Accessibility and disability inclusion among top-funded U.S. Undergraduate Institutions

Jessica Campanile, Caroline Cerilli, Varshini Varadaraj, Fiona Sweeney, Jared Smith, Jiafeng Zhu, Gayane Yenokyan, Bonnielin K. Swenor

Research output: Contribution to journalArticlepeer-review


Background There is limited data to assess, track, or quantify accessibility and disability inclusion across universities. Objective This cross-sectional study assessed disability inclusion and accessibility at the top 50 National Institutes of Health (NIH)-funded undergraduate programs in the United States. We hypothesized that there is no association between NIH funding and the University Disability Inclusion Score. Methods A novel tool, the University Disability Inclusion Score assessed disability inclusion and accessibility using 10 indicators spanning 4 categories: (1) accessibility of built and virtual environment, (2) public image of disability inclusion, (3) accommodations processes and procedures, and (4) grievance policy. Based upon the total points (out of a total score of 100), each university was assigned a letter grade (A-F). Results Of the top 50 NIH-funded institutions, 6% received an A grade on the Score, while 60% received D or F. The mean scores were 15.2 (SD = 5) for accessibility of built and virtual environment (20 points), 10 (SD = 3) for public image of disability inclusion (20 points), 30.6 (SD = 10) for accommodations processes and procedures (50 points), and 8.1 (SD = 3) for grievance policy (10 points). Conclusions Our findings suggest room for improvement in disability inclusion and accessibility among top university recipients of NIH funding. To provide an equitable academic experience, universities must prioritize disability inclusion.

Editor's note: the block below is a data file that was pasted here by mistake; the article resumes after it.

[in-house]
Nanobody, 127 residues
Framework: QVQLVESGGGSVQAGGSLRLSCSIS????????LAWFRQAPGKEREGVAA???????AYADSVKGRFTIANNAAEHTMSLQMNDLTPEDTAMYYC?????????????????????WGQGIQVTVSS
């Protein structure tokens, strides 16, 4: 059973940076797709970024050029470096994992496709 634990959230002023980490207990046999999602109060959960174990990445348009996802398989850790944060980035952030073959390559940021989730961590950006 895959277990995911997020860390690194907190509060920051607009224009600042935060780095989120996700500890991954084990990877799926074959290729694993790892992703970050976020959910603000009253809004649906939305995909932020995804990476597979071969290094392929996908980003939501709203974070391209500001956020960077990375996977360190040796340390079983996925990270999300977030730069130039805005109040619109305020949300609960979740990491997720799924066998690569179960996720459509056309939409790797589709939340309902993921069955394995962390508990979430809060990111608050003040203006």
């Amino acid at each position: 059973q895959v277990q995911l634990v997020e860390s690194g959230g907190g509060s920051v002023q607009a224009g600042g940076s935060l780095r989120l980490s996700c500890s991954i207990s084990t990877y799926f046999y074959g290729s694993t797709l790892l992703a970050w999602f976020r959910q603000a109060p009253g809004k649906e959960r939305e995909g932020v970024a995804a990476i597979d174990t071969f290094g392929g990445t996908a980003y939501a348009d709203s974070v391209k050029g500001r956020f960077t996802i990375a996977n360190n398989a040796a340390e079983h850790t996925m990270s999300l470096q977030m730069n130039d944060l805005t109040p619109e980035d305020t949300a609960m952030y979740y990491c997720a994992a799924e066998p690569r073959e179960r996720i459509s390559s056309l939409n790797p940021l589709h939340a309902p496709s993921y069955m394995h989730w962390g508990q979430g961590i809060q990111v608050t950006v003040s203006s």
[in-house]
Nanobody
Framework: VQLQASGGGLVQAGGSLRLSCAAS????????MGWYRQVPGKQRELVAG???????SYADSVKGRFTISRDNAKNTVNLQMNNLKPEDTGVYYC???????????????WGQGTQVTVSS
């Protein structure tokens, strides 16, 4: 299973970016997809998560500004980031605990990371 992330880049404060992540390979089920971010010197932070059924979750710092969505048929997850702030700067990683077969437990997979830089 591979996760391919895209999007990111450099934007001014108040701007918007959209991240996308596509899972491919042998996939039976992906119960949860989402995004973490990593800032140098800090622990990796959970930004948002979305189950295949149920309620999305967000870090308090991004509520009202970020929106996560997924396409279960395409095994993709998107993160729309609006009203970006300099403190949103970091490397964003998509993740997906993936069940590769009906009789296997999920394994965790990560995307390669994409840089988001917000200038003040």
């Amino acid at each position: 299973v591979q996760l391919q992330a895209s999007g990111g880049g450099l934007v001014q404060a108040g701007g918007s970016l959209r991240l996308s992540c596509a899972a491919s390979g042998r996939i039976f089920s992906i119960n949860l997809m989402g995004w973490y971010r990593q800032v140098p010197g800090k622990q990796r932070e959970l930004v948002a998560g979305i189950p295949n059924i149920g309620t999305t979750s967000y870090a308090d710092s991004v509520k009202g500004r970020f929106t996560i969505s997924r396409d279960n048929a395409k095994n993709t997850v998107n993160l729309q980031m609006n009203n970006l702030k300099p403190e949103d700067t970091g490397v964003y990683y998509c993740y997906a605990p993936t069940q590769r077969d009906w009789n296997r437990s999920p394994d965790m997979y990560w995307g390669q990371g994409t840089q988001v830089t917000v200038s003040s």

Original languageEnglish (US)
Article numbere0277249
JournalPloS one
Issue number11 November
StatePublished - Nov 2022

ASJC Scopus subject areas

  • General


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